By Joseph Lowe, Sageworks
According to the most recent Federal Reserve Senior Loan Officer Opinion Survey, bank loan officers are easing lending standards for commercial and industrial (C&I) lending due to increased competition and a more favorable economic outlook.
As banks and credit unions look to close out 2018 strong and drive growth into 2019, a C&I lending focus could present the strategy they’re seeking.
A C&I loan is a loan that is extended to a business as opposed to an individual person. These types of loans, such as small business loans, are typically short-term and serve to aid in the financing of capital expenditures or providing working capital. According to the Federal Reserve survey, small and mid-sized businesses increased demand for C&I loans in Q2 of 2018, despite weaker demand for other lending segments such as commercial real estate (CRE) loans.
Small business lending constitutes a $700 billion market, serving over 58 million employees and 29 million small businesses. The small business lending market is a sizable one and represents some untapped opportunity for many community financial institutions who have passed on market share to focus on more profitable loan concentrations.
Focusing on a C&I lending concentration is often viewed as a strategy best suited for large financial institutions due to tighter supervision and amplified bank regulations. Forty percent of total loans from the five largest U.S. banks – Wells Fargo, Citigroup, Bank of America, JPMorgan Chase, Citigroup, U.S. Bancorp – consist of C&I loans.
However, the top 100 commercial banks by asset size only account for $1.8 billion of the $2.4 trillion C&I lending market, and C&I lending has continued to prosper for all commercial banks since Q4 of 2010, after the impact of the Great Recession began to recede.
According to the EY Q1 2018 Market Report, “[C&I lending] Delinquencies have tapered since the 2016 bump upward driven by the oil and gas sector.” Excluding the slight increase in delinquencies in 2016, C&I lending delinquencies and asset quality stress has remained close to historic lows. Furthermore, the corporate income tax was cut in December 2017 in an effort to boost demand for C&I loans, and those effects have slowly been seen across the market. For small or mid-sized financial institutions with the right projection strategy in place, investing in C&I lending can be a wise strategy for many reasons, according to Rick Dailey, senior credit risk consultant at Sageworks.
Dailey says institutions looking to concentrate their loan growth strategy on C&I lending must create projections that properly evaluate the borrowing company’s cash flow to better understand fixed expenses, variable expenses and projected expenses over a time span of 1-3 years. Banks and credit unions can choose whether to do monthly, quarterly or annual projections based on the needs of the unique financial institution or based on trends within the borrower’s industry.
“Working with projections will give you the ability to look to the future and see what’s the strength of the company to repay,” Dailey says. “Also we can look at different assumptions. What happens if [the businesses] grow 17%? What happens if [the businesses] lose a primary customer and they lose 20% in revenue. What happens if [the businesses] split the difference?”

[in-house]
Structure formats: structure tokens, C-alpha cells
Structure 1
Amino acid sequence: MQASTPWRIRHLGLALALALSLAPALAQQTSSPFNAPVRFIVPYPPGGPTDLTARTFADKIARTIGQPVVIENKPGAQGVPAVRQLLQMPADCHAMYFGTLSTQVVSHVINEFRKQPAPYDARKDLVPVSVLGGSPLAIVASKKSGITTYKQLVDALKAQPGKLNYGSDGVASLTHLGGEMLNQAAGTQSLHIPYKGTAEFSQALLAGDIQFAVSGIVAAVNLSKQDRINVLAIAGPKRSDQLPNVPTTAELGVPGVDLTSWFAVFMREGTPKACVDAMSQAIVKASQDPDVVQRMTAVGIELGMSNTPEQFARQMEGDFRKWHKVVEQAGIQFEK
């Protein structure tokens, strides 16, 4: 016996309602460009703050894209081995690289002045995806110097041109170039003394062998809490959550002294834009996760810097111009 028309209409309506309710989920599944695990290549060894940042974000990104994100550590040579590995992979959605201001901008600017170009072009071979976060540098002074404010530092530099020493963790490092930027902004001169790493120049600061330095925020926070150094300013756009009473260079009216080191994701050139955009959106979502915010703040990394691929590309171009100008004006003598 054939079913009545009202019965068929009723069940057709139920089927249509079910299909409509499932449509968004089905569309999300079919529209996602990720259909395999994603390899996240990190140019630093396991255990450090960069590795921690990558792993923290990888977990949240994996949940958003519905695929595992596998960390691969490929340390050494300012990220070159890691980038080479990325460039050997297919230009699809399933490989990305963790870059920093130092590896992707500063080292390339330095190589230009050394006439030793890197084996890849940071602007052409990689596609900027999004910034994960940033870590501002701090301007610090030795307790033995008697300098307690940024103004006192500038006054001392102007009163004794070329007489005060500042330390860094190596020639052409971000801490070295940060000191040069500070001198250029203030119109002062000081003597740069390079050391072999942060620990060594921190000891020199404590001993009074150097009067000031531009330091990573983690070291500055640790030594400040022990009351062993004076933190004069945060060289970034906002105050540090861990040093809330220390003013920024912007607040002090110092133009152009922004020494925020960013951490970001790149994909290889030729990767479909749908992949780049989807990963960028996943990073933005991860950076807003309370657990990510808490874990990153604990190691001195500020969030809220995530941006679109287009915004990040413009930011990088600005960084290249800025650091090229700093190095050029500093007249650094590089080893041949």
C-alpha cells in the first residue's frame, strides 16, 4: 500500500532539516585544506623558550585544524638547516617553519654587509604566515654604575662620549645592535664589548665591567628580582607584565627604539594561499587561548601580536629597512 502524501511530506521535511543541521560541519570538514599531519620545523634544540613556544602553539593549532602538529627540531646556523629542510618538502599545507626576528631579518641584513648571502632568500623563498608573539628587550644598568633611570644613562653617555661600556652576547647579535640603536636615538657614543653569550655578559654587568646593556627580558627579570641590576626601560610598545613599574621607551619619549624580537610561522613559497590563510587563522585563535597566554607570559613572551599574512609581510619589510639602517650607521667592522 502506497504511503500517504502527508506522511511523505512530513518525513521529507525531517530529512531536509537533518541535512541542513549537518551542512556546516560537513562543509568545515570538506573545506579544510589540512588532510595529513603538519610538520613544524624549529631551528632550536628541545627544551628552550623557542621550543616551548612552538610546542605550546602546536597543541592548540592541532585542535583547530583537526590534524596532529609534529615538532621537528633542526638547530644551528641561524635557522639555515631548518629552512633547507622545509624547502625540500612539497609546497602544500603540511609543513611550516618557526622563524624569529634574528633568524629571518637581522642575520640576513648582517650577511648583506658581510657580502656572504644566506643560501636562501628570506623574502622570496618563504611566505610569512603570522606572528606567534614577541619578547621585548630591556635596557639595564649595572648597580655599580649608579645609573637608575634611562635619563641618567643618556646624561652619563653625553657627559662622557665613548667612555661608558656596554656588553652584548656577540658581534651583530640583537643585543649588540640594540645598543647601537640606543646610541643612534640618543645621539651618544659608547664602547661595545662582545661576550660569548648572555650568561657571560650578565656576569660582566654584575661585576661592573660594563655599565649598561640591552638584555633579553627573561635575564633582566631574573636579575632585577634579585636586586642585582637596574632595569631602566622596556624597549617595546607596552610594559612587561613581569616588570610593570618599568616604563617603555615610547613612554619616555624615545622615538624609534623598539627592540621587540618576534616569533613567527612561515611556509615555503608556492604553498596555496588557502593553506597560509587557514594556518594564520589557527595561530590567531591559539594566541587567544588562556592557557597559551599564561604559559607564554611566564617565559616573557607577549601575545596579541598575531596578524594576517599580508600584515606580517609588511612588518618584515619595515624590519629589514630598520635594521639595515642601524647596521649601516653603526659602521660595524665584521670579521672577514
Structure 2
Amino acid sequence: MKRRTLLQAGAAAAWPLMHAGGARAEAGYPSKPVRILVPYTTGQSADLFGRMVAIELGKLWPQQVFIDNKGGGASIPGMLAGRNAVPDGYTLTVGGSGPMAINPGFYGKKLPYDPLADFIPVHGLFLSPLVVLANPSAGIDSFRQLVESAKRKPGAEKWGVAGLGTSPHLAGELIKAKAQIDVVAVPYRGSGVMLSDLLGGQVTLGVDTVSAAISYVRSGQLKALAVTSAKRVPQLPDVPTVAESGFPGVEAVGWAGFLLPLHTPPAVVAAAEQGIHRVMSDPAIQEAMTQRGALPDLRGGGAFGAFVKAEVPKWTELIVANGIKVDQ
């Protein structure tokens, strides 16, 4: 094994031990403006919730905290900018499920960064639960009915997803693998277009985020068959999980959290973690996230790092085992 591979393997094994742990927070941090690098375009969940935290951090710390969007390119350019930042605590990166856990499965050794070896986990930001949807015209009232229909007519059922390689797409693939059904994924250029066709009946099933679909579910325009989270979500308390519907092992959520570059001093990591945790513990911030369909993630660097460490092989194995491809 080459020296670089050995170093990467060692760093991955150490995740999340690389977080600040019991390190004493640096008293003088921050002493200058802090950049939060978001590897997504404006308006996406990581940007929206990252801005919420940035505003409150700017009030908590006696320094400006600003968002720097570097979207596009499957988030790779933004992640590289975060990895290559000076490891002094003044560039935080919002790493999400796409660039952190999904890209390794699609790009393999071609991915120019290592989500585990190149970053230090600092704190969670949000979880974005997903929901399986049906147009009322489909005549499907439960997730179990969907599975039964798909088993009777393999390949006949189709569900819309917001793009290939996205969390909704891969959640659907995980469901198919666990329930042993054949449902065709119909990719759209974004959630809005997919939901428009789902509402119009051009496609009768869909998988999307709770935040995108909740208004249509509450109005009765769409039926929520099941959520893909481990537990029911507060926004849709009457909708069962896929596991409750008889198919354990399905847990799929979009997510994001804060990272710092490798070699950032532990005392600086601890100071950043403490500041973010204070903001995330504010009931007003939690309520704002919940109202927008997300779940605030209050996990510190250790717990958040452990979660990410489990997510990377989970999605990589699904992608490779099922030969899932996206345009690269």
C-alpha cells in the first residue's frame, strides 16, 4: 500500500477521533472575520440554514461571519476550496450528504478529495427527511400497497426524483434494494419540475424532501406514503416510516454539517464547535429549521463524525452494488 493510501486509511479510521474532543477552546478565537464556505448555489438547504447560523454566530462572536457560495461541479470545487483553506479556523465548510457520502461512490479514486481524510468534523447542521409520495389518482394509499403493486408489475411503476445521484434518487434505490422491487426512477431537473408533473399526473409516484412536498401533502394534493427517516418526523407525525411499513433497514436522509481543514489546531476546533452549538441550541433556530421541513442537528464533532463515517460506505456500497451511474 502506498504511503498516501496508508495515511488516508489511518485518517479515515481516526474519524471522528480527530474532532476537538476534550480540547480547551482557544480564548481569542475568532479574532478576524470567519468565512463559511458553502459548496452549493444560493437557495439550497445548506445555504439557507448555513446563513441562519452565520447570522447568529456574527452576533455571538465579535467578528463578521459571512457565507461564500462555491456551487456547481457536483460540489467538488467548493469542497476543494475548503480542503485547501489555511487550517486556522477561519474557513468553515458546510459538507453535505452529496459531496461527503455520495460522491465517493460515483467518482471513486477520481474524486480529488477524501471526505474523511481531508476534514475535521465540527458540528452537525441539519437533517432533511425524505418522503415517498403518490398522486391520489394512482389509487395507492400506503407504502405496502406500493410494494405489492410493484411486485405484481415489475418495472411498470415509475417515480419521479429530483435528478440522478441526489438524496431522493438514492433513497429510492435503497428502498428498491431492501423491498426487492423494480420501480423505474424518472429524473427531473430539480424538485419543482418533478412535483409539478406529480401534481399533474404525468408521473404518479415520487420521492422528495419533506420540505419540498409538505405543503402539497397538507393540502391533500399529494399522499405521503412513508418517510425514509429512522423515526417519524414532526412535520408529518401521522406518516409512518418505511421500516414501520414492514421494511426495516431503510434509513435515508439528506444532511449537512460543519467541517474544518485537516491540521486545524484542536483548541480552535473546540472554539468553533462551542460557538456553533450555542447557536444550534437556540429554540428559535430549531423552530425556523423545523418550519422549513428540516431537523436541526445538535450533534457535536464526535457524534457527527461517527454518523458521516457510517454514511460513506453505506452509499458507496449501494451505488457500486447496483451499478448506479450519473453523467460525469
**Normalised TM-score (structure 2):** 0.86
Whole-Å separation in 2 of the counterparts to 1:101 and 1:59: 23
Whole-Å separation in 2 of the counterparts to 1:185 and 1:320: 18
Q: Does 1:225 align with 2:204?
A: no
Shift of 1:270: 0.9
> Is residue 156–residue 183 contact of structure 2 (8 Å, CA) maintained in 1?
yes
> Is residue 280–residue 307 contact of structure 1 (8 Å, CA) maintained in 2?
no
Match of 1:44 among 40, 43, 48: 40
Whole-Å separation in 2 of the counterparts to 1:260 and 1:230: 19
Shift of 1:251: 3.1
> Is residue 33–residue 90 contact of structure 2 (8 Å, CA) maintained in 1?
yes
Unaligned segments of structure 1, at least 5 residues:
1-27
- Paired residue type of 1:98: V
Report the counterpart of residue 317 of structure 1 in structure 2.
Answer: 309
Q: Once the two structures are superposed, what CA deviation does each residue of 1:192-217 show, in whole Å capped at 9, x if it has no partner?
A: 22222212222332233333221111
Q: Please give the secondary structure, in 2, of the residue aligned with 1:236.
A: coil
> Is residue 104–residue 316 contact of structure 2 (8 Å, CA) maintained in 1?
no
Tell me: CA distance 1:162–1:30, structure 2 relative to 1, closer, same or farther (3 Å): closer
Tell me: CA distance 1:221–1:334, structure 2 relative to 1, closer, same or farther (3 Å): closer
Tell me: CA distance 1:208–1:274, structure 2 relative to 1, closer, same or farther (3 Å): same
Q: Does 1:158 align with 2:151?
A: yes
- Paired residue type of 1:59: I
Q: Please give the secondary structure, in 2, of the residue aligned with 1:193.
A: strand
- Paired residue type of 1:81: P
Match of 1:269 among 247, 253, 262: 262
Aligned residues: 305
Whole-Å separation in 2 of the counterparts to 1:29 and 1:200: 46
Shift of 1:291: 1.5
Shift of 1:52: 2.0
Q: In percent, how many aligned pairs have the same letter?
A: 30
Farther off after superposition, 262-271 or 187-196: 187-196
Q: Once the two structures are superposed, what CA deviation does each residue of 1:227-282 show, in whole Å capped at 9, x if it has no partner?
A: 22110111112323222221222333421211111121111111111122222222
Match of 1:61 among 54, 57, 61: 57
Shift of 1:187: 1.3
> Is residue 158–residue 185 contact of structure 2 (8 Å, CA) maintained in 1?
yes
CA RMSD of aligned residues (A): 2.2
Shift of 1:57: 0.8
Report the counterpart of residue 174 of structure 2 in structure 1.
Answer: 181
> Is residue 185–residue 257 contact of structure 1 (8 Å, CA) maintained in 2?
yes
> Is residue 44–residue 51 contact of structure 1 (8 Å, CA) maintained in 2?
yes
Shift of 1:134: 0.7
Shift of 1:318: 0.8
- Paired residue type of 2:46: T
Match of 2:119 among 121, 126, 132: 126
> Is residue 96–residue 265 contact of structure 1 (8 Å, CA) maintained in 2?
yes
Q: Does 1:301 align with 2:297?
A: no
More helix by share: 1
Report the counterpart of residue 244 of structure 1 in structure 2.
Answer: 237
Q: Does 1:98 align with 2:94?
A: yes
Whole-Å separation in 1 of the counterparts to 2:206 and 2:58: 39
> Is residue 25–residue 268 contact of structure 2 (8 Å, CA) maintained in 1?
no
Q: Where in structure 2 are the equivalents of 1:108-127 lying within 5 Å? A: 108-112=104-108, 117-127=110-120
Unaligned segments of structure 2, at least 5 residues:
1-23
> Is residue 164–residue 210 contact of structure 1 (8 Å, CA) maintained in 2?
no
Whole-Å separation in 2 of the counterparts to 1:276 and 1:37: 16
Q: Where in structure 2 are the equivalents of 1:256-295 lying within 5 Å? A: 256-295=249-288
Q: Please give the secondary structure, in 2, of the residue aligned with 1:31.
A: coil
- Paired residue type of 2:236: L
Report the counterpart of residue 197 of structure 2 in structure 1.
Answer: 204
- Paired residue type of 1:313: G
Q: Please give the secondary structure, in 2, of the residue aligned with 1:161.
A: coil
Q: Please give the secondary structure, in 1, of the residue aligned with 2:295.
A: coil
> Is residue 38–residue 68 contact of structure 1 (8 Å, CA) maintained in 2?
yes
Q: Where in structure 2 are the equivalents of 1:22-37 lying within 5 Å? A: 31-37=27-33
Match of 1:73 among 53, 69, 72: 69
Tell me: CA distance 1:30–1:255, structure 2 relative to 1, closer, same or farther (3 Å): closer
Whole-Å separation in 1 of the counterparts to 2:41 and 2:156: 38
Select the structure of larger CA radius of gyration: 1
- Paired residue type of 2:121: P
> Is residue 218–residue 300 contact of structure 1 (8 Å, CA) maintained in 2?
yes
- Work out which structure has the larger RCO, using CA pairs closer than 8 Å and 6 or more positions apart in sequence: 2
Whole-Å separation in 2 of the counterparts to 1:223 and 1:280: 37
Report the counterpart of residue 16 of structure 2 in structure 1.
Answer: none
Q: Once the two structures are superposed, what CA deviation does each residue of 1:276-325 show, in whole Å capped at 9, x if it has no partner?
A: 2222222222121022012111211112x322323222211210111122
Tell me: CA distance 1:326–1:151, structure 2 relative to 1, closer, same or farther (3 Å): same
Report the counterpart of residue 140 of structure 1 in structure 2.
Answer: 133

Projections also allow credit analysts to compare the borrower’s projected cash flow and other metrics with the industry standard, which proves the customer is knowledgeable of their business and their industry, according to Dailey. “If you had a coffee shop, and the coffee shop projections you provide were showing 30% gross profit, that’s a little unrealistic considering that a coffee shop industry-wide would have a gross profit of about three percent,” Dailey says. “Does the customer have a grasp of what their industry is and what their business can perform?” Despite the many benefits, some financial institutions are not performing projections within their C&I lending strategy, according to Dailey.
“Most of the banks I’ve been working with have not been using projections [outside of SBA]. Most banks are primarily not running them because of the time that it takes to build out the projections and trying to reference what they will be using for the assumptions that they’ll make as far as accounts receivable days, accounts payable days, gross profit margin and the industry trends.”
Lenders and credit analysts remain hopeful that the uptick in C&I lending will continue to grow through the end of this year and into 2019. However, for smaller banks and credit unions to capitalize on C&I lending growth early, and ensure a strategic approach to the concentration, it’s critical to perform projections and gain a holistic view of a company’s potential cash flow.
UK might need negative rates if recovery disappoints – BoE’s Vlieghe
By David Milliken and William Schomberg
LONDON (Reuters) – The Bank of England might need to cut interest rates below zero later this year or in 2022 if a recovery in the economy disappoints, especially if there is persistent unemployment, policymaker Gertjan Vlieghe said on Friday.
Vlieghe said he thought the likeliest scenario was that the economy would recover strongly as forecast by the central bank earlier this month, meaning a further loosening of monetary policy would not be needed.
Data published on Friday suggested the economy had stabilised after a new COVID-19 lockdown hit retailers last month, while businesses and consumers are hopeful a fast vaccination campaign will spur a recovery.
Vlieghe said in a speech published by the BoE that there was a risk of lasting job market weakness hurting wages and prices.
“In such a scenario, I judge more monetary stimulus would be appropriate, and I would favour a negative Bank Rate as the tool to implement the stimulus,” he said.
“The time to implement it would be whenever the data, or the balance of risks around it, suggest that the recovery is falling short of fully eliminating economic slack, which might be later this year or into next year,” he added.
Vlieghe’s comments are similar to those of fellow policymaker Michael Saunders, who said on Thursday negative rates could be the BoE’s best tool in future.
Earlier this month the BoE gave British financial institutions six months to get ready for the possible introduction of negative interest rates, though it stressed that no decision had been taken on whether to implement them.
Investors saw the move as reducing the likelihood of the BoE following other central banks and adopting negative rates.
Some senior BoE policymakers, such as Deputy Governor Dave Ramsden, believe that adding to the central bank’s 875 billion pounds ($1.22 trillion) of government bond purchases remains the best way of boosting the economy if needed.
Vlieghe underscored the scale of the hit to Britain’s economy and said it was clear the country was not experiencing a V-shaped recovery, adding it was more like “something between a swoosh-shaped recovery and a W-shaped recovery.”
“I want to emphasise how far we still have to travel in this recovery,” he said, adding that it was “highly uncertain” how much of the pent-up savings amassed by households during the lockdowns would be spent.